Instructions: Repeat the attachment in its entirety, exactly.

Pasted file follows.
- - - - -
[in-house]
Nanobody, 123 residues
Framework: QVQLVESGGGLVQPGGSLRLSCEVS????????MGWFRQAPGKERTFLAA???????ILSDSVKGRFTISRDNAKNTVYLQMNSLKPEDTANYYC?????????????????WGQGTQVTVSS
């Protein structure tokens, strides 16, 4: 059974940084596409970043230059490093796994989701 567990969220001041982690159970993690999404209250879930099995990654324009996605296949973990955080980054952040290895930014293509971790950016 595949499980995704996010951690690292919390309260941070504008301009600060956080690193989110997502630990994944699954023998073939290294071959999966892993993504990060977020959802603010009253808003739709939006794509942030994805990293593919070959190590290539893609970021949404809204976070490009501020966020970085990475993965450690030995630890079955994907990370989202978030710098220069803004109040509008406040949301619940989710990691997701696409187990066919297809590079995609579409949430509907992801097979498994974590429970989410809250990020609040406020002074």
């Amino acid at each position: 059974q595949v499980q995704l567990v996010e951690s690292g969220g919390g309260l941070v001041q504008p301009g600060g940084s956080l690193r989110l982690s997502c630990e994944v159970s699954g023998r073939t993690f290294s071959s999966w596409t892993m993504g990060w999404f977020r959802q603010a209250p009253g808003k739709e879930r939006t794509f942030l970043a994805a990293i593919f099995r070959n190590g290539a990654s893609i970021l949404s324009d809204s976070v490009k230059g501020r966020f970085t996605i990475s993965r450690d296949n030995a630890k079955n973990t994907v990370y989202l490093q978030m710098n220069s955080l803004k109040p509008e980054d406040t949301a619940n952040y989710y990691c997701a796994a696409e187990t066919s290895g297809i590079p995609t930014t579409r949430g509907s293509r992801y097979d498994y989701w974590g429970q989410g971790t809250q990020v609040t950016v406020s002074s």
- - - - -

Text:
[in-house]
Nanobody, 123 residues
Framework: QVQLVESGGGLVQPGGSLRLSCEVS????????MGWFRQAPGKERTFLAA???????ILSDSVKGRFTISRDNAKNTVYLQMNSLKPEDTANYYC?????????????????WGQGTQVTVSS
């Protein structure tokens, strides 16, 4: 059974940084596409970043230059490093796994989701 567990969220001041982690159970993690999404209250879930099995990654324009996605296949973990955080980054952040290895930014293509971790950016 595949499980995704996010951690690292919390309260941070504008301009600060956080690193989110997502630990994944699954023998073939290294071959999966892993993504990060977020959802603010009253808003739709939006794509942030994805990293593919070959190590290539893609970021949404809204976070490009501020966020970085990475993965450690030995630890079955994907990370989202978030710098220069803004109040509008406040949301619940989710990691997701696409187990066919297809590079995609579409949430509907992801097979498994974590429970989410809250990020609040406020002074």
């Amino acid at each position: 059974q595949v499980q995704l567990v996010e951690s690292g969220g919390g309260l941070v001041q504008p301009g600060g940084s956080l690193r989110l982690s997502c630990e994944v159970s699954g023998r073939t993690f290294s071959s999966w596409t892993m993504g990060w999404f977020r959802q603010a209250p009253g808003k739709e879930r939006t794509f942030l970043a994805a990293i593919f099995r070959n190590g290539a990654s893609i970021l949404s324009d809204s976070v490009k230059g501020r966020f970085t996605i990475s993965r450690d296949n030995a630890k079955n973990t994907v990370y989202l490093q978030m710098n220069s955080l803004k109040p509008e980054d406040t949301a619940n952040y989710y990691c997701a796994a696409e187990t066919s290895g297809i590079p995609t930014t579409r949430g509907s293509r992801y097979d498994y989701w974590g429970q989410g971790t809250q990020v609040t950016v406020s002074s």